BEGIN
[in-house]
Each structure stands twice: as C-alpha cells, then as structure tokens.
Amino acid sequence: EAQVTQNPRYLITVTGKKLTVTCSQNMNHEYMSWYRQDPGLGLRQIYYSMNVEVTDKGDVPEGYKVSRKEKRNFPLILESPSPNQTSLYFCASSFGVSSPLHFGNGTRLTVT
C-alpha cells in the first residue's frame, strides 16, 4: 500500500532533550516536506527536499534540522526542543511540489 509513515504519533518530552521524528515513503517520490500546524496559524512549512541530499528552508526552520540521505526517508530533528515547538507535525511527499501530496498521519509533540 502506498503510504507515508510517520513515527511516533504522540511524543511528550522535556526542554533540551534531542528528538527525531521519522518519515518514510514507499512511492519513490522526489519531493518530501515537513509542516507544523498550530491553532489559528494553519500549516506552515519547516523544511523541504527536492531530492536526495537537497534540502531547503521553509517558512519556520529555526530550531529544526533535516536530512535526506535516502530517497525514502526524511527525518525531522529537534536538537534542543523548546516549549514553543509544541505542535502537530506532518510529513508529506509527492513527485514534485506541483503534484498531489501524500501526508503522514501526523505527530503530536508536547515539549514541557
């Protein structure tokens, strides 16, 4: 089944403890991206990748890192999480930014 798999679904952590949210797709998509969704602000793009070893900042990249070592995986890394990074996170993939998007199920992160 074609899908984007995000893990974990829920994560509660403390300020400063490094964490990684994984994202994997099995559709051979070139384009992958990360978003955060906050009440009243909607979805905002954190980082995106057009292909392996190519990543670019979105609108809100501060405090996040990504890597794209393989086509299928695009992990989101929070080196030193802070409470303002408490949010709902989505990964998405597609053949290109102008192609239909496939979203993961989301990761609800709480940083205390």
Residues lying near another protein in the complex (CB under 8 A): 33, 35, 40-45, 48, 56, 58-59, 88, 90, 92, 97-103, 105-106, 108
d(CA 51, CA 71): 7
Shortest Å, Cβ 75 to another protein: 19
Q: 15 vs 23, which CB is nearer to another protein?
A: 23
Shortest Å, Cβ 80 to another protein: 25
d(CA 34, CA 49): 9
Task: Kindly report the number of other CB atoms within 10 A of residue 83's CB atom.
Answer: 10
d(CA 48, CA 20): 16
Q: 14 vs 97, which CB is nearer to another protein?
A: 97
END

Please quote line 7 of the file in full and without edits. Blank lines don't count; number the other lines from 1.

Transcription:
d(CA 51, CA 71): 7